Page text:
Raybon's Review: What We Learned From Wild Card Round DFS on FanDuel & DraftKings

Raybon's Review: What We Learned From Wild Card Round DFS on FanDuel & DraftKings

By Chris Raybon (Senior Daily Fantasy Expert), last updated Jan 11, 2017

Chris Raybon's picture

Chris Raybon is the Senior Daily Fantasy Editor at 4for4 Fantasy Football.

Follow Chris on Twitter: @ChrisRaybon.

Analyzing the prior week's results is one of the most valuable investments of your time as a DFS player. In this space, I will deconstruct the winning lineups from FanDuel and DraftKings' biggest GPPs. In this week's intro, I will discuss how defying logic can lead to better investment -- or in our case, DFS -- decisions This discussion will take the place of the "Quick Hitters" section which normally appears at the end.

Adam Robinson, co-founder of The Princeton Review and the trusted outside global macro advisor to the heads of some of the world's largest hedge funds, stated a theory on episode 210 of The Tim Ferriss Show that really resonated with me. I believe we can apply his theory to our tournament lineup building strategies. (Quote starts at 29:15 and has been lightly edited for clarity):

"And one of the key things with investing . . . I think this is a life truism is . . . to be aware when you a hear voice in your heard that says . . . 'doesn't make sense.'  . . . that's always a sign of something really powerful.

So if somebody says to me 'it doesn't make any sense why gold keeps going lower,' I know that it's got a lot lower to go. Because what that person just said in saying it doesn't make sense is: that person has a dozen logical reasons why gold ought to be going higher, and it's going lower. And he says that doesn't make sense. But the world always makes sense. What doesn't make sense is his model."

Before the Wild Card round started, what if I told you that:

  • Randall Cobb, who averages 46 yards and has scored one TD since Week 8, will be the highest-scoring player on the slate in his first game back from injury.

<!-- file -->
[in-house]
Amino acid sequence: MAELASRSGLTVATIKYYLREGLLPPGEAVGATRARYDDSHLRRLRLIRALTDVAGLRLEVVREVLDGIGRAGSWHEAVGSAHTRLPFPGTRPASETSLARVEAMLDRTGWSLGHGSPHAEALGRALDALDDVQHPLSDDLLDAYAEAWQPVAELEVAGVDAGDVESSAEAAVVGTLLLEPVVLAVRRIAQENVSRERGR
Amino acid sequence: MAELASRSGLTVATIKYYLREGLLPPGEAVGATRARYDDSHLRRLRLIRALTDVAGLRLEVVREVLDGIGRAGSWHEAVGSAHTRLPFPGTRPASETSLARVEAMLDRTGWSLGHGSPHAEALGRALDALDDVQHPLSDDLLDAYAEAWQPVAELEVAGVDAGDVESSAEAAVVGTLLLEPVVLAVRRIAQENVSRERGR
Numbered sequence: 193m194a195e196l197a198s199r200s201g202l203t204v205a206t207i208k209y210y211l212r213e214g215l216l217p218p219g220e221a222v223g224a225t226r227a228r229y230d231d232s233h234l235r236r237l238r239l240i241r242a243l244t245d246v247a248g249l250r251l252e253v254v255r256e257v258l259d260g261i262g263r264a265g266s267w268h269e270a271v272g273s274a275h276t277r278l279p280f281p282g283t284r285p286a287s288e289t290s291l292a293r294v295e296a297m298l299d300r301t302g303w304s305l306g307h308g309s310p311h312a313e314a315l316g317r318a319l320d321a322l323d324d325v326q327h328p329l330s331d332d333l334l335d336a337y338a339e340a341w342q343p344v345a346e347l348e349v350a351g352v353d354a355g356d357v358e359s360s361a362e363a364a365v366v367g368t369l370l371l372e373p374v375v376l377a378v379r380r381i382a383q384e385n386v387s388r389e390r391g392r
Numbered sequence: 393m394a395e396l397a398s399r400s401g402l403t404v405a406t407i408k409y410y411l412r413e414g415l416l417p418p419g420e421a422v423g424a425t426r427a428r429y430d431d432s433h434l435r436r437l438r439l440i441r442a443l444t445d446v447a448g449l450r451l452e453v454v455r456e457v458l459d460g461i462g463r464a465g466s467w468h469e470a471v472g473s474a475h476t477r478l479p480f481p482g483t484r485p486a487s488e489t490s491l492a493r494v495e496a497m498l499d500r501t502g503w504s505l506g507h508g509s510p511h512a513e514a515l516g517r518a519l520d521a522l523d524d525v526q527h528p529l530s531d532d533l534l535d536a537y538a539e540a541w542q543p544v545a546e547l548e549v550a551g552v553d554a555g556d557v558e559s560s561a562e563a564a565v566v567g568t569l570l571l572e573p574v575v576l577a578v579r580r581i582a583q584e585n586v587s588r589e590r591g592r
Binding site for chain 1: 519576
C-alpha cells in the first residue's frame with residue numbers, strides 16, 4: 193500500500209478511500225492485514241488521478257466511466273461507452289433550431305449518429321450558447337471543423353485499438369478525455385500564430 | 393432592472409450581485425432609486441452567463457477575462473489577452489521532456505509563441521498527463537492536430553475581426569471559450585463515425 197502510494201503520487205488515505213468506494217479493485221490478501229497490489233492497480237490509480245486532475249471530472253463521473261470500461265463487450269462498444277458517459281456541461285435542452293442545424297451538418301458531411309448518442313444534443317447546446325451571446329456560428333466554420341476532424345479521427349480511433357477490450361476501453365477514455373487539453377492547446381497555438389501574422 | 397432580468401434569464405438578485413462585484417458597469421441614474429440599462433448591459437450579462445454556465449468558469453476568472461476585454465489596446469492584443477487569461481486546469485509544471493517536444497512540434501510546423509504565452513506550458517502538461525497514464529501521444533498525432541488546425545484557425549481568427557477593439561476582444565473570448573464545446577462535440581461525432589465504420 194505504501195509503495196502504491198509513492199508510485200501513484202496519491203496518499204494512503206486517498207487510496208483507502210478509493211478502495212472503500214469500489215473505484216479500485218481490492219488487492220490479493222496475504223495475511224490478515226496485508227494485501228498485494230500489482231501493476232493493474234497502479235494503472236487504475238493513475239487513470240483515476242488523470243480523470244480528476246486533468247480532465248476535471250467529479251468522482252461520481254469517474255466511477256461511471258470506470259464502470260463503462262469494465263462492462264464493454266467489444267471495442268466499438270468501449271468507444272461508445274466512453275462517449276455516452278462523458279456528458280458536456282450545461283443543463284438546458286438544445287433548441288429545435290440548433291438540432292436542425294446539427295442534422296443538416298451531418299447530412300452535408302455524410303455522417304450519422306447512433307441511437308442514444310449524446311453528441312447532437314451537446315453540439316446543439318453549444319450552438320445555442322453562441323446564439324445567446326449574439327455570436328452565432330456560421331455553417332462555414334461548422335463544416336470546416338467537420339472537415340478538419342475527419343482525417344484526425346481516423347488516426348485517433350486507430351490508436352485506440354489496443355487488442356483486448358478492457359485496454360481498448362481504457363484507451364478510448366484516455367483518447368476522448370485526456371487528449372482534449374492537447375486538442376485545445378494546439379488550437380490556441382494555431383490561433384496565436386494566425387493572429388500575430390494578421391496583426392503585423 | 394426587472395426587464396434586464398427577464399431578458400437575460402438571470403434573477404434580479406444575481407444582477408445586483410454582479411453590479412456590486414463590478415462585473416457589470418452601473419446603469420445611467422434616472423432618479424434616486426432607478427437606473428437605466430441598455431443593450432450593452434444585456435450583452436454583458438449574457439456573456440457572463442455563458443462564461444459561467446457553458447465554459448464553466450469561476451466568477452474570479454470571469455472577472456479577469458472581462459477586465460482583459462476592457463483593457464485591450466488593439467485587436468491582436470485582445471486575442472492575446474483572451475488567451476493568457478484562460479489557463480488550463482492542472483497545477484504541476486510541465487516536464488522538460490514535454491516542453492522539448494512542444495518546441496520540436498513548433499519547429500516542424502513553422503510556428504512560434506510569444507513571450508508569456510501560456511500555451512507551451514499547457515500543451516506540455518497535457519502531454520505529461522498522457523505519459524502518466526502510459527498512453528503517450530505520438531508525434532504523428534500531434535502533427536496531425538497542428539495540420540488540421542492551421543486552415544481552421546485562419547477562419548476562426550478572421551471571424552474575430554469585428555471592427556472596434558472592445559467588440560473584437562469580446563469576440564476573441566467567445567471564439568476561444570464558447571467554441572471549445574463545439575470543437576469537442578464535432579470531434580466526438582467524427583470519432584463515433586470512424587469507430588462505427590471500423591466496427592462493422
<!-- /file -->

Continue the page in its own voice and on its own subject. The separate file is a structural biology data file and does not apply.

• Thomas Rawls, who averaged 1.51 yards per carry over his last 39 attempts, will rush for more yards than Marshawn Lynch ever has in a playoff game for the Seahawks.
  • Brock Osweiler, who hasn't hit 270 yards all season and was benched two weeks ago for Tom Savage, will outscore every QB but Aaron Rodgers.

I'm going to go out on a limb and say 99.5% of you would have said "that doesn't make sense".

And that's the point.

In the aftermath of Cobb going nuclear, I saw some analysts claim that rostering Cobb would have been "bad process", especially since we didn't know Jordy would get hurt. 

I disagree.

Sure, rostering Cobb would have been bad process if the goal of your process was to identify what is most likely to happen. In other words, rostering Cobb would have been bad process in cash games -- him returning even cash game value was unlikely. 

But you win tournaments by capitalizing off things that are not likely to happen, yet happen anyway.

Your process in tournaments should not be to merely identify what is most likely to happen. Sure, that's part of it -- that's how you arrive at plays like LeVeon Bell, Doug Baldwin, and Jarvis Landry. But the next step in your process should be to identify what is unlikely to happen -- and how you can profit if one or more of those things (inevitably) happen anyway.

No matter what process you follow, you'll be wrong a fair amount -- the majority of entrants don't cash in a tournaments, after all. The difference is, when you're right about plays that didn't make sense according to the traditional process of the masses, you have much more upside because the players in your lineup are not going to be on many other rosters.

I've found that the best way to put this theory into practice is to allow yourself to play a player as long as you can identify just a single reason why he's a candidate for a big game. This as opposed to weighing the pros and cons and letting logic inevitably deter you like it will do for the masses.

With that in mind, here are some reasons that could have gotten you on the three players I mentioned above. Note that I didn't include "low-owned player that will play a decent amount of snaps," which can be a good reason in itself, especially on a small slate. Remember, you would have only needed one of these reasons per player.

  • Randall Cobb: Playing with a high-upside QB, had a season-high 108 yards against the Giants in Week 5, had three games of 11+ targets this season, targets may be available with Jordy Nelson being covered by Janoris Jenkins, even if he doesn't hurt, you can late swap in Geronimo Allison, whose rise in opportunities directly correlated with Cobb's absence.
  • Thomas Rawls: Had a 15-106-2 game against Carolina in Week 13 with the same poor offensive line, large home favorite RB, facing a defense ranked 18th in RB aFPA.
  • Brock Osweiler: Home favorite QB, facing a defense that allowed third-most yards per attempt (7.89) in the league, even a 250-2 game could provide one of the better $/point values at the position given his cheap price.

One final thing I want to point out about each of these players: they were all on the low end of the salary spectrum. Taking risks with small amounts of salary is a high-upside move where the reward tends to outweigh the risk.

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Filed Under: w19, 2016

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